Presented at the Ninth Annual Society of Environmental Toxicology and Chemistry Meeting. Lamont T. 16. 29. Wheaton LG. Effects of a single injection of estradiol valerate on the hypothalamic arcuate nucleus and on reproductive function in the female rat. Pfaff D eds). J Wild Dis 22:60-70(1986). Science 211:1303-1311(1981). Reproductive failure in common seals feeding on fish from polluted coastal waters. Leatherland JF. Effects of kraft mill effluent on the sexuality of fishes: an environmental early warning? In: Chemically induced alterations in sexual and functional development: the wildlife/human connection (Colbom T.S. 1988. Great Lakes. serpentina) from Ontario. Moccia R. J Wildl Manage 57:10-19(1993). McDermott IR. Linder R. Laskey J. A quantitative assessment of thyroid histopathology of herring gulls (Larus argentatus) from the Great Lakes and a hypothesis on the causal role of environmental contaminants. Liroff RA. Jackson CI. Clement C. 1987 with supplemental necropsy and pathology reports. The case for a cause-effect linkage between environmental contamination and development in eggs of the common snapping turtle (Chelydra s. 28.) Princeton. A dose-response analysis of methoxychlor-induced alterations of reproductive development and function in the rat. Ditto M. Princeton. MD:Urban and Schwarzenberg. Organochlorine pesticide. Quebec:St. induced by tributyltin from antifouling paints. 30. 39. Aging and chronic estradiol exposure impair estradiol-induced cornification but not proliferation of vaginal epithelium in C57BL/6J mice. Fry DM. Chemosphere 20:587-598(1990). 32. Presented at the Society of Environmental Toxicology and Chemistry Annual Meeting. Arlington. Beland P. Environ Health Perspect 92:167-173(1991). Gorham E. In: Chemically induced alterations in sexual and functional development: the wildlife/human connection (Colborn T. Sileo L. polychorobiphenyl. Sonnenschein C. Eggshell thinning. Wiemeyer S. 38. 1990. 18. DeKlerk DP. Guzelian PS. 42. 1969 and 1970. Smith IR. 23. Natural 382 20. Erdman TC. Martin J. and mercury residues in bald eagles. and mercury in inland aquatic bird eggs. Neill J. Arch Environ Contam Toxicol 13: 529-549(1984). Fry DM. Sarver P. Chemical-induced alterations of sexual differentiation: a review of effects in humans and rodents. Edsall CC. Ferrell J. Clement C. 1989. Canada. Scott WW. Norstrom RJ. and their relationships to shell thinning and reproduction. LA. Chae K. Thornton JD. Higgins R. Virginia. Ringer RK. Eisenreich SJ. Green SN. J Clin Invest 64:842-849(1979). Annual report 1989. Sonnenschein. 22. Reiner WG. chlorinated hydrocarbons. Ecological fate. Urban NR. J Reprod Fertil (suppl) 19:365-376(1973). Davidson A. Eisenreich SJ. 1989. Princeton. Slott V. 31. Fish and Wildlife Service on common and Forster's tern productivity on Kidney Island confined disposal facility. Zirkin BR. Colborn T. Armstrong D. Naftolin F. Estrogen receptor-binding activity of polychorinated hydroxybiphenyls: conformationally restricted stuctural probes. Elsevier. Toronto.in press. Leatherland JF.- 4. 37. Shugart LR. Ostby J. Comparative toxicology of chlordecone (kepone) in humans and experimental animals. Kubiak TJ. Martineua D. Fox G. Baltimore. Biol Reprod 38:175-182(1988). Munkittrick KR. 1985. Cooper R. Toone CK. Pestic Sci 13:545-551(1982). Standberg JD. Toone CK DDT-induced feminization of gull embryos. 8. Quebec. Thyroid responses in rats fed diets formulated with Great Lakes Coho salmon. McKinney JD. 7. Epidemiological and pathological evidence of contaminant-induced alterations in sexual development in free-living wildlife. Nelson JF. 5. and serum steroids of a Lake Superior white sucker (Catostomus commerson:) population. Regulation of the immune system by sex steriods. Spelsberg TC. Birchard G. 25. Endocrinologyl03:501-512(1978).129-145. Hertz R. Bomardier M. Erdman TC. Brooks RJ. 1992. Mar Pollut Bull 21:248-253(1990). Sonstegard RA. Soto AM. 1992. eds). Sonnenschein C. Bortone SA. eds). Grossman CJ. New York: Raven Press. An evaluation of the potential for toxics exposure in the Great Lakes region using STORET data. Lake Michigan-1983. Comparison of spontaneous and experimentally induced canine prostatic hyperplasia. Petersen RE. Reproductive failure and mortality in mink fed on Great Lakes fish. Neural gonadal steroid actions. Stalling DL. Davis WP. Speich SM. Fox G. DC:The Conservation Foundation. eds). Lin T. Phillips L. eds). 24. Colby HD. 26. Cooke BK. NJ:Princeton Scientific Publishing. Correlating PCB effects on fish reproduction using dioxin equivalents. 21. Hooper SW. Singhal RL. 41. 44. Talalay P. Aulerich RJ. Reijnders PJH. Anthony RG. Fundam AppI Toxicol 12:92-108(1989). - 4 9 - - 9. Widespread neogastropod imposex: a biological indicator of global TBT contamination. Frequency and distribution of polygony in Great Lakes herring gulls in 1978. great legacy? Washington. 49. Nelson JF. Distribution and breakdown of DDT in orchard soil. Rehnberg G. In: Estrogens in the environment II. Pathology of stranded beluga whales (Delphinapterus kucas) from the St. 43. McEwen BS. 1992. 46. Peard RJ. eds). Impact of bleached kraft mill effluent on population characteristics. Environ Toxicol Chem 9:655-667(1990). Nucella lapillus. 34.203-230. Burt GR Sex change in the female dog-whelk. Ewing LL. 9. Wray JW. In: Chemically induced alterations in sexual and functional development: the wildlife/human connection (Colborn T. Capel PD. Moccia RD. New DDT inputs to North America: atmospheric deposition. Clement C. Schwartz TP. eds. Pattisina. Condor 82:426-429(1980). Arch Environ Contam Toxicol 18:706-727(1989). 6. J Toxicol Environ Health 33:521-548(1991). laboratory rodents and other selected vertebrates. 1992. Princeton. Regulation of hepatic and steroid metabolism by androgens and estrogens. Can J Fish Aquat Sci 48:1-10(1991). Leatherland J. Green Bay.295-309. Microcontaminants and reproductive impairment of the Forster's tern on Green Bay. Looney BB. vom Saal FS. Clement C. Sayler G S. Annu Rev Pharmacol Toxicol 22:89-113(1982). In: Advances in sex hormone research (Thomas JA. Korach KS. NJ: Princeton Scientific Publishing. Science 231:919- 924(1981). Baker JE. liver MFO activity. 40. Garrett M. Mac MJ. Justicia H. Walsh PC. 1992. McLachlan JA. Britton AJ. Theobald HM. p-nonyl-phenol: an estrogenic xenobiotic released from "modified" polystyrene. C.. eds). J Mar Biol Assoc UK 68:715-731 (1988). Ng P. Cancer Res 41:2200-2210 (1981). Goldman J. 36. An "in culture" bioassay to assess the estrogenicity of xenobiotics (ESCREEN). Endocrine Rev 5:435- 455(1984). Adler AJ. Fraser J. Hodge RA. Bird DM Reproductive and behavioral effects of dicofol to progeny of exposed kestrels. Bishop CA. Bunck S. 10. Kimmel GL. Crit Rev Toxicol (in press). Gramlich F. effects and prospects for elimination of environmental polychlorinated biphenyls (PCBs). Hickey J. Clement C. 12. Stud Avian Biol 10:26-43(1987). Port CB. 48. Gray LE. Docherty DE. Mol Pharmacol 33:120-126(1987). Canada. Smith LM. 1992. Sindelar C. Ellis DV. 1988. Soto AM. Brawer JR. Iwamoto S. Rapaport RA. In: Physiology of reproduction ( Knobil E. Lawrence National Institute of Ecotoxicology.27-71. Shugart G. 47. NJ:Princeton Scientific Publishing. 113-127. 35. Developmental and reproductive toxicity of dioxins and related compounds: cross species comparisons. In: Chemically induced alterations in sexual and functional development: the wildlife/human connection (Colborn T.147-158.1-11. Robinson CH. 27. Princeton. Coffey DS. Rokosh DA. Ovarian steroid action on gene expression: mechanisms and models. Canada. Pascoe PL. Lawrence estuary. 15. In: Chemically induced alterations in sexual and functional development: the wildlife/human connection (Colborn T. Pestic Monit J 7:27-36(1973). Quantitative interlake comparison of thyroid pathology in Great Lakes coho (Oncorhynchus kisutch) and chinook (Oncorhynchus tschauytscha) salmon. Harris HJ. Justicia H. Annu Rev Physiol 51:653-681(1989). Environmental contaminants in bald eagles in the Columbia river estuary. development: the wildlife/human connection (Colborn T. Gray LE. Green Bay:University ofWisconsin. 17. ed). Faber R. - history and mechanisms of aging in humans. 1993. Endocrine and reproductive function in Great Lakes salmon. Rories C. The estrogen problem-retrospect and prospect. Trick JA. Carey JH. Fry DM. Lean DRSJ. 14. 1969-1979. 33. Sonstegard RAB. 11. NJ:Princeton Scientific Publishing. Looney BB. Van Der Kraak GJ. Gibbs PE. Sex ratio skew and breeding patterns of gulls: demographic and toxicological considerations. 45. Finch CE. Schuler C. Lagace A. MacLellan K. Schwartz T. Environmental Health Perspectives . Influences on development (McLachlan JA. J Comp Pathol 98:287-311(1988). Chemosphere 14:1167- 1173(1985). 1980. Pettigrew CA. Byrd M. 19. Princeton. 85-105. Nature 324:456-457(1986). Stringer A. Clement C. Environ Sci Technol 15: 30-38(1981). Airborne organic contaminants in the Great Lakes ecosystem. Silvia R. Report to U. NJ:Princeton Scientific Publishing. Rosson B. Bull Environ Contam Toxicol 29:341-346(1982). Beland P. New York. 13. NJ:Princeton Scientific Publishing.

Mori T. Offord JR. England:MTP Press. 65. Evidence for decreasing quality of semen during past 50 years. Fein GG. Farris MW. Fein GG.3. Arai Y. Jpn J Cancer Res 69:861-862(1978). Biegel L. In utero and lactational exposure of male rates to 2. Edery M. 52 and 160-KDa proteins in human breast cancer cells. Romkes M. p.107-112. Moore RW. Mutat Res 296:57-68(1992). 88. Princeton. Bern HA. J Am Coll Obstet Gynecol 56:537- 542(1980). 151-171. Analysis and characterization of estrogenic xenobiotics and natural products. N EngI J Med 284:878-881(1971). In: Estrogens in the environment II. 60. Jensen KF. 91.7. Miller AB. Clement C.7. Baukloh V. Environmental estrogens: Orphan receptors and genetic imprinting. Rec Prog Horm Res 38:457-510(1982).8-tetrachlorodibenzo-p-dioxin (TCDD) on cell growth and the secretion of the estrogeninduced 34. Ulfelder H. Jacobson JL. Davis DL. Siddiqui MKJ. Sheehan DM. 9-16. Nederlof KP. 54. Tilson HA. Howell JR. Peterson RE. NJ:Princeton Scientific Publishing.187-189. Newbold RR. Jacobson JL. eds). McLachlan J. Mukku VR. 1991. Jacobson SW. In utero and lactational exposure of male rates to 2. Immunologic consequences of early exposure of experimental rodents to diethylstilbestrol and steroid hormones. J Pediatr 81. Mills KT. 1992. C Clement. Skakkebaek NE. 89.8Tetrachlorodibenzo-p-dioxin (TCDD) and related compounds as antiestrogens: characterizaton and mechanism of action. A comparison of organochlorine insecticide contents in specimens of maternal blood. Melton LJ. FL:CRC Press. 56. In: Chemically induced alterations in sexual and functional development: the wildlife/human connection (Colborn T. 1992.p'-DDE. Peterson RE. 1985. Bulger W. Forman D. 78. Bullock B. 74. Neurotoxicol Teratol 12:319-326(1990). The serum transport of steroid hormones. Influences on development ( McLachlan JA. Hines M. ed). Cryptorchidism: an apparent substantial increase since 1960. 1969-1986. Hertzler DR. Princeton.107-115. velopmental effects of diethylstilbestrol (DES) in pregnancy (Herbst A. Clement C. Robinson AK. Keiding N. Bern H. Mills KT. Neonatal mouse models and their relation to disease in the human female. New York:Elsevier. In: Toxicity of hormones in perinatal life (Mori T. 1992. 68. Hoel DG. Biochem Pharmacol 27:24172423(1978).129-147. In: Chemically induced alterations in sexual and functional development: the wildlife/human connection (Colborn T. Treatment of chlordecone (kepone) toxicity with cholestyramine: results of a controlled clinical trial. Albertini DF. Safe S. Safe S. Effects on androgenic status. 59. Sondik EJ. In: Chemically induced alterations in sexual and functional development: the wildlife/human connection (Colborn T. 69. 1985. 95. Princeton. Talamantes FJ. In: The vulnerable brain. Snow J. The fragile fetus. Malnutrition and hazard assessment (Isaacson RL. 75. Reproductive tract lesions in male mice exposed prenatally to diethylstilbestrol.261-281. D. Larson L. Adenocarcinoma of the vagina: association of maternal stilbesterol therapy and tumor appearance in young women. 76. Giwercman A. and sperm function in humans. Swerdlow AJ. Pike MC. Mably TA. Astroff B. 1992. In: Estrogens in the environment (Herbst A. Guzelian PS. 62. Role of hepatic mono-oxygenase in methoxychlor activation. Ectopic pregnancy surveillance. Chen C-Y. Atrash HK. 79. Are oestrogens involved in falling sperm count and disorders of the male reproductive tract? Lancet 341: 1392-1395(1993). Long-term alterations in histology and steroid receptor levels of the genital tract and mammary gland following neonatal exposure of female BALB/cCrgl mice to various doses of diethylstilbestrol. United States. New York: Thieme Stratton. Skakkebaek NE. 86.3. Herbst A. In: Chemically induced alterations in sexual and functional development: the wildlife/human connection (T Colborn. 63. Wadsworth M.59-86. Clement C. Bern HA. Arch Environ Contam Toxicol 15:333-341(1986).8tetrachlorodibenzo-p-dioxin: 3. 67. Peterson RE. Goy RW.CRC Press. Slorach SA. Influences on development (McLachlan J. Carlsen E. Effects of 2. Ingestion of environmentally contaminated Lake Ontario salmon by laboratory rats increased avoidance of unpredictable aversive 383 .320(1984). 90. Nagasawa H. Pollutants in human follicular fluid. Biegel L. blood and adipose tissue. Boston. Stancel GM. 51. 1981. Ekins R.e 50. 365-394. Newbold R. 66. Polychlorinated biphenyls and the developing nervous system: cross-species comparisons. Measurement of free hormones in blood.3. 96. Bern HA. In utero and lactational exposure of male rats to 2. Nishizuka Y. eds). Daly HB. Murai JT. ed).3. Bern HA. 85. and umbilical cord-blood from stillborn and live-born cases.7. Kaufman RH. Moore RW. Zacharewski T. 1981. Blanke RV. 73. McLachlan JA. New York. NJ:Princeton Scientific Publishing. Consumption of environmentally contaminated salmon increases work done on a progressive ratio schedule in adult laboratory rats and their offspring. Increased occurrence of auto immune disease among women esposed in utero to diethylstilbestrol. Kuuty D. 2. vol I. Young M. Bern HA. GendronFitzpatrick A. Fertil Steril 42:146-148(1984). In: Estrogens in the environment II. Influences on development (McLachlan JA. Trapp M. Hammond GL. Bern H. 116:38-45(1990). Studies on the in vivo and in vitro estrogenic activities of methoxychlor and its metabolites. Fogelman K. ed). Number 5. Humphrey HEB.126(1992). ed). Bjerke DL. Agarwal V. 92. Science 190:991-992(1975). Taylor S. Jensen AA. Boca Raton. Bush B. 71. Boylan JJ. Child Dev 56:853-860(1985). In: The endocrinology of prostate tumours (Ghanadian R. Chemical contaminants in human milk. Raymoure WJ. Daly HB. Blair P. Jacobson SW. N Engl J Med 298:243-248(1978). Group JRHCS. Lancet 330-332(1984). 84.p' DDT on the meiotic maturation of cultured mouse oocytes. 57. Poskanzer. Ghanadian R Hormonal control and rationale for endocrine therapy of prostatic tumours. Colton T. 1985. 80. Effects of p. Lancaster. Br Med J 293:1401-1404(1986). Neurotoxicol Teratol 12:239-248(1990). Jacobson SW. Effects of exposure to PCBs and related compounds on growth and activitiy in children.8-tetrachlorodibenzo-p-dioxin: 1. Effects on spermatogenesis and reproductive capacity. Toxicol Appl Pharmacol 114:118.7. eds). Noller KI. 93. Sci Total Environ 64:259-293(1987). Bennett A. Cytoplasmic microtubular dynamics and chromatin organization during mammalian oogenesis and oocyte maturation. 87. 1970-1987. Cancer Res 47:4165-4172(1987). Toxicol Appl Pharmacol 114: 108-117(1992). In: De- 58. Mattson BA. NJ:Princeton Scientific Publishing. Edery M.3. Bohnet HG. New York:Elsevier. Teng CT. Jensen AA. Kohrman AF. Effects of prenatal maternal estrogen on the male urogenital system. Cohn WJ.167-178. Dowler JK. eds). Br Med J 304:609-613(1992). Pharmacol Toxicol 69:400-409(1991). Jacobson JL. Toxicol Appl Pharmacol 114:97-107(1992). 319-326. MMWR 39:9-17 (1990). Kupfer D.8-tetrachlorodibenzo-p-dioxin: 2. Fertil Steril 49:1080-1082(1988). Sharpe RM. The effect of intrauterine PCB exposure on visual recognition memory. Driscoll S. Kuhn RW. Siiteri PK. Lawson HW. Diethylstilbestrol and estradiol binding to serum albumin and pregnancy plasma of rat and human. Sargent DM. Colborn T. J Ster Biochem Mol Biol 37:725-732(1990). Jacobson JL. eds). Mucitelli RM. New York:Thieme-Stratton. Toxicologist 10:209(1990).Plenum Press. October 1993 - - D - -IeI 64. Harris M. 94. Humphrey HEB. Moore RW. Endocrinology 104:1442-1446(1979). Takasugi N. 72. Jacobson SW. Role of metabolism in determination of hormonal activity of estrogens: Introductory remarks. Endocr Rev 11:5-46(1990). New York:Elsevier. J Toxicol Environ Health 11:71-79(1983). MA. 1992. Dickerson R. O'Brien PC. Korach KS. Rogan WJ. Jacobson JL. 53. eds). Albertini DF. Heeschen W. Introduction: abnormal genital tract development in mammals following early exposure to sex hormones. Effects of in utero exposure to polychlorinated biphenyls and related contaminants on cognitive functioning in young children. Finch EL. Organochlorine endocrine disruptors in human tissue. Volume 101. placenta. Cancer development in male reproductive tract in rats given diethylstilbestrol at neonatal age. Schwartz PM. 82. Chilvers C. Fowler JK Prenatal exposure to polychlorinated biphenyls: effects on birth size and gestational age. Mably TA.1-7. 61. eds). Nisker JA. Polychlorobiphenyl congeners. 1988. 70. Blair PB. Mably TA. Surrounded by estrogens? Considerations for neurobehavioral development in human beings. Apparent doubling of frequency of undescended testis in England and Wales in 1962-81. 1983. Effects on sexual behavior and the regulation of leuteinizing hormone secretion in adulthood. Thomas K. 52. In: Estrogens in the environment II. Princeton. Saxena MC. Estrogen-associated defects in rodent mammary gland development.7. eds). Metzler M. 77. 83. J Pediatr 105:315. polychlorodibenzo-p-dioxins (PCDDs) and polychlorodibenzofurans (PCDFs) in human milk. Schwartz PM. NJ:Princeton Scientific Publishing. J Natl Cancer Inst 84:313-320(1992). Trends in cancer mortality in 15 industrialized countries. Polychlorinated biphenyls (PCBs). Saftlas AF. 55.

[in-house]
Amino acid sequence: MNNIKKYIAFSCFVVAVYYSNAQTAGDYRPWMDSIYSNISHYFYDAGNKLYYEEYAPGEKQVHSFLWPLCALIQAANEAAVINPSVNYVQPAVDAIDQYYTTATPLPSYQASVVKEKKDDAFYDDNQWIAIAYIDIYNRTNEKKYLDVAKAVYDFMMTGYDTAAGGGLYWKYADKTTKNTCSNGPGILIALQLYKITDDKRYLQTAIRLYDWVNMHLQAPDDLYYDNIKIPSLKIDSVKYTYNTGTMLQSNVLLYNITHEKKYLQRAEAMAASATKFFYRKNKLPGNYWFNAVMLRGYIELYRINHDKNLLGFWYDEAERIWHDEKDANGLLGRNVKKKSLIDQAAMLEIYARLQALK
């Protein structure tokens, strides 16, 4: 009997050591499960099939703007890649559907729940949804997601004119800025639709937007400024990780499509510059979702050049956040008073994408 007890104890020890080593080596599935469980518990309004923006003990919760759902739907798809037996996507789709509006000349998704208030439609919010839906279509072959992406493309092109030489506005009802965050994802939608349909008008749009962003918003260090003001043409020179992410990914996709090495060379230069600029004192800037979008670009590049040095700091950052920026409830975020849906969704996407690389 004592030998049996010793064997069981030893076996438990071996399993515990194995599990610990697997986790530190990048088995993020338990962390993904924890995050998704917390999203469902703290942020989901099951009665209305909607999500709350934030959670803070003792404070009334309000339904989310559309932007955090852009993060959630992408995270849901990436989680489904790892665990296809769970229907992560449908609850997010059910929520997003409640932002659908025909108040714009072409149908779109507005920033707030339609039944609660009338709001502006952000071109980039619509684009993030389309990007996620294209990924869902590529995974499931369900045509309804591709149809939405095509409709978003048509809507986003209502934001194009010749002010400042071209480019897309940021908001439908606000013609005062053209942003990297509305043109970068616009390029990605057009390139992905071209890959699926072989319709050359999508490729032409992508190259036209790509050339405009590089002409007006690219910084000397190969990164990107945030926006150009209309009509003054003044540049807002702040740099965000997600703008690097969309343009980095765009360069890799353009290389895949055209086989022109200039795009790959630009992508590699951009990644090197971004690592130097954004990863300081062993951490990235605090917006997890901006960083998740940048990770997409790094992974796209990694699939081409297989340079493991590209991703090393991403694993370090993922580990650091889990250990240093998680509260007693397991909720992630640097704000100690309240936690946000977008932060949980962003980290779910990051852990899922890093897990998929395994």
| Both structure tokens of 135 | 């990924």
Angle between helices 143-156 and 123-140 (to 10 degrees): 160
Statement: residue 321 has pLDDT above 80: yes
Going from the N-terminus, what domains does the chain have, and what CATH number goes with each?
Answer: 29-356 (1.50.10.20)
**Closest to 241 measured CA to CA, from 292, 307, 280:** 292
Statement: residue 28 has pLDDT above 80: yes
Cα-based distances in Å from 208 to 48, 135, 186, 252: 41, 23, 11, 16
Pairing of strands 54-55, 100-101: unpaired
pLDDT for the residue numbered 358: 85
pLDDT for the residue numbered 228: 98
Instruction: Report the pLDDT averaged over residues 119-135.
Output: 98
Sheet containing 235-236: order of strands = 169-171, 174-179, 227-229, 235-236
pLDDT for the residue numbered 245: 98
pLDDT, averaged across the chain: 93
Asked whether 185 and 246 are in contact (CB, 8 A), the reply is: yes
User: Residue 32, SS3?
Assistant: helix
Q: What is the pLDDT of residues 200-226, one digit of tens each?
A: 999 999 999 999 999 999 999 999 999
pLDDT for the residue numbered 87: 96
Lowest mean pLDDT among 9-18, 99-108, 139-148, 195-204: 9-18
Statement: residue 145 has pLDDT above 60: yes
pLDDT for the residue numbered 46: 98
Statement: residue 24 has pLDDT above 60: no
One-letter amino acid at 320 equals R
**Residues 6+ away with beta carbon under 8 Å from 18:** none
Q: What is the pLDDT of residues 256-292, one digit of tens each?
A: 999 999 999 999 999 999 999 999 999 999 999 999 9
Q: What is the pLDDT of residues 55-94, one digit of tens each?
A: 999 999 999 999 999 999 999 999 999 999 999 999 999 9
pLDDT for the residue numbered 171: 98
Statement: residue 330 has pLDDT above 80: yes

Nera E. Gocmen A. Franchini I. Fundam Appl Toxicol 17:733-745(1991). Kniewald Z. 113. Cranmer M. Claudio F. Hess RA. 128. DC: Office of Pesticides and Toxic Substances. 142. Cranmer J. Fetal uptake and embryogenetic effects of aminotriazole in mice. Gojmerac T. 1992. Milkovic K. J Occup Med 29:826-830(1987). Hayes WJ. J Steroid Biochem 35:409-414 (1990). Reduced plasma LH concentration in quail exposed to the organophosphorous insecticide parathion. GAAgency for Toxic Substances and Disease Registry. Peruzovic M. McGuire P. 132. Toxins in food (Isaacson RL. Bloch E. 100. Pentachlorophenol: health and environmental effects profile. 137. The binding properties of pyrethroids to human skin fibroblast androgen receptors and to sex hormone binding globulin. Kelley M. Dieringer CS. Collins B. Hamilton MG. Kniewald J. CA:Academic Press. 1987. J Steroid Biochem 33:141-146(1989). 125. Huggett RJ. Tjalve H. J Steroid Biochem 27:1095-1100(1987). Peters HA. Biochem Pharmacol 28:2511-2514(1979). Antithyroid effects of aminotriazole. Toxicological profile for mercury. GA:Agency for Toxic Substances and Disease Registry. Biomed Environ Sci 2:36-43 (1989). Sager DB. 101. Venkatakrishna-Bhatt H. Ferrari M. Adanta. 103. Guidance for the reregistration of pesticide products containing as the active ingredient Alachlor (090501). 1991. 107. J Mar Biol Assoc UK 67:525-544 (1987). Gautum A. DC:Office of Pesticide Programs. Van Velsen FL.S. Falzoi M. Neurotoxicity of polychlorinated biphenyls: the role of ortho-substituted congeners in altering neurochemical function. 1990. Carlson I. 1988. and the triazine metribuzin on thyroxine and somatotropin levels in white rats. Toxicological profile for lead. Behav Neurosci 103:1356-1365(1989). Davies JE. Kniewald Z. Allen-Rowlands CF. Reversibility of the inhibitory effect of atrazine and lindane on cytosol 15 alphadihydrotestosterone-receptor complex formation in rat prostate. Jukes TH. Couch JA. Gen Pharmacol 18:165-169 (1987). Guidance for the reregistration of pesticide products containing mancozeb as the active ingredient. Debbink NL. 140. Atlanta. 102. U. Eil C. Lloyd SC. Casarett and Doull's toxicology. Toxicol Appl Pharmacol 95:484489(1988). Handbook of pesticide toxicology. Valenti G. ATSDR. EPA. Green SM. Giaroli C. 99. Seegal RF.S. Choudhury H. vol 2. 115. aldicarb. 119. 1984.S. Simic B. Ottinger MA. ATSDR Toxicological profile for endosulfan. 98. Bryan GT.4-Dichlorophenoxyacetic acid poisoning in man. Dinsdale D. Stara J. 104. Atlanta. Arnold D. Tuominen R. Cabral J.S. methomyl. Lamartiniere CA. The effect of mono(2-ethylhexyl)phthalate on sertoli cell transferrin secretion in vitro. Linder RE. Environ Res 35:204-210(1984). Seifter J. eds). The fungicide benomyl (methyl 1-(butylcarbamoyl)-2-benzimidazolecarbamate) causes testicular dysfunction by inducing the sloughing of germ cells and occlusion of efferent ductules. 110. Nucella lapillus: long-term field and laboratory experiments. Scand J Work Environ Health 10:225-228(1984). Toxicol Appl Pharmacol 90: 330-336(1987). 122. Mattila J. U.S. Dormans JAMA. Porter WP. Shih-Scaroeder W. Gray TJB.169-195. Arch Toxicol 33:41-48(1974). foster PMD. Nisula BC. The subchronic oral toxicity of the B-isomer of hexachlorocyclohexane in rats. Gray LE. Mutti A. 135. Klaasaen CD. Cripps DJ. Cullen MR. Robins JM. 38:154-156(1987). Hexachlorbenzene episode 384 -Om in Turkey. Prenatal chlordane exposure: effects on plasma corticosterone concentrations over the lifespan of mice. New York: Plenum Press. 1988. endosulfan beta. 129. Bull Environ Contam Toxicol. Doull J. Testosterone metabolism in neuroendocrine organs in male rats under atrazine and deethylatrazine influence. GA:Agency for Toxic Substances and Disease Registry. Fundam Appl Toxicol 6:697-712(1986). 114. The effects of tributyltin (TBT) accumulation on adult dog-whelks. Sci Total Environ 66:1-16(1987). Safe ST. Mannisto P. Arch Toxicol 60:343349(1987). Wams TJ. The effect of maneb. Haake J. Arch Toxicol (suppl) 8:253-258(1985). Kayne RD. Danse LHJCF. Moore BJ.. 130. Valkirs AO. Dodson WC. Histopathology and enlargement of the pituitary of a teleost exposed to the herbicide trifluralin. Aspects of the testicular toxicity of phthalate esters. San Diego. The effects of organochlorine pesticides as inducers of testosterone and benzo(a)pyrene hydroxylases. J Fish Dis 7:157163(1984). Krewski D. Kniewald Z. Thysen B. New York:Pergamon Press. Guidance for the reregistration of pesticide products containing metiram as the active ingredient. Passeri M. Coleman J. Washington. Franchini I. Bryan GW. 136. Testicular changes of rats under lindane treatment. Lucier GW. Van Logten MJ. endosulfan sulfate. Laisi A. Shain W. 127. Toxicol Ind Health 2:483-571(1986). Savolainen K. Abuel-Atta AA. Proc Soc Exp Biol Med 166:506-514(1981). 141. Moodie C. Environmental Protection Agency. Impaired dopaminergic modulation of pituitary secretion in workers occupationally exposed to styrene: Further evidence from PRL response to TRH stimulation. the basic science of poisons.1988. Toxicol Appl Pharmacol 106:154-157(1990). Rattner BA. zineb. Shaffer CB. Altered ontogeny of hepatic steroid-metabolizing enzymes by pure polychlorinated biphenyl congeners. ATSDR. Environ Sci Technol 26:232-237(1992). and ethylenethiourea on the humoral activity of the pituitary-thryoid axis in rat. U. Environmental Health Perspectives . Munro I. Toxicol Appl Pharmacol 106:334-340(1990). Goad P. Bull Environ Contam Toxicol 38:946-953(1987). Inc. Environmental Protection Agency. Diethylhexylphthalate as an environmental contaminant-a review. Gatz M. 133. Babic-Gojmerac T. Chowdhury A. U. Berwick P. Arfini G. 105. endosul&n alpha. nonreward and mild electric shock. 2. ATSDR Toxicological profile for cadmium. GA:Agency for Toxic Substances and Disease Registry. Treinen KA. Goitre and wasting induced in hamsters by hexachlorobenzene. Hummerstone LG. Wright A. 138. Neuroendocrine effects of styrene on occupationally exposed workers. 118. Gangolli SD. Burt GR. EPA. 134. U.S. Mutti A. Guidance for the reregistration of pesticide products containing maneb as the active ingredient. Cummings AM. Groundwater pesticides: interactive effects of low-level concentrations of carbamates. Berman E. 123. Laws ER. U. 1991. Castracane VD. Arch Environ Health 39:431440(1984). 121. Morris CR. J Am Med Assoc 214: 1114-1117(1970). Girand D. In: The vulnerable brain and environmental risks. J Steroid Biochem 20:1568(1992). Vescovi PP. Environ Health Perspect 65:229-235(1986). 124. EPA. Forrer J. 1991. 111. U.S. Environmental Protection Agency. Environmental Protection Agency. Long-term toxicity of hexachlorobenzene in the rat and the effect of dietary vitamin A. Inhibition of FSH-stimulated cAMP accumulation and progesterone production by mono(2-ethylyhexyl) phthlate in rat granulosa cell cultures. Washington. Kniewald J. DC: Office of Pesticides and Toxic Substances. Schiller CM. Charbonneau S. Smith A. Adanta. Arfini G. Laskey JW. J Bull Environ Contam Toxicol 46:92-99(1991). Seligman PF. Amdur MO. Morris PL. U. Endocrine and reproductive dysfunction in men associated with occupational inorganic lead intoxication. Van Leeuwen FXR. 106. Vescovi P. Jensen KF.-- 97. 126. Steroidogenic assessment using ovary culture in cycling rats: Effects of bis(2-diethylhexyl)phthalate on ovarian steroid production. Science 132:296(1960). 1991.S. Grice H. Zawidzka Z. Heindel JJ. 131. Keys B. DeRosa C. Unger MA. 139. Food Chem Toxicol 23:779-793(1985). 112. Methoxychlor affects the decidual cell response of the uterus but not other progestational parameters in female rats. Washington. Indirect influence of s-atrazines on rat gonadotropic mechanism at early postnatal period. DC:Office of Pesticides and Toxic Substances. Washington. 120. 109. Reprod Toxicol 7:25-33(1993). The marine biocide tributyltin: assessing and managing the environmental risks. Kniewald Z. J Toxicol Environ Health 40:15-34(1993) 108. Effect of polybrominated biphenyls (PBB) on the pituitary-thyroid axis of the rat (41099). Gibbs PE. Effect of mono-(2ethylhexyl)phthalate on follicle-stimulating hormone responsiveness of cultured rat sertoli cells. eds. EPA. 116. Effect of early postnatal exposure to polychlorinated biphenyls (PCBs) on fertility in male rats. 117.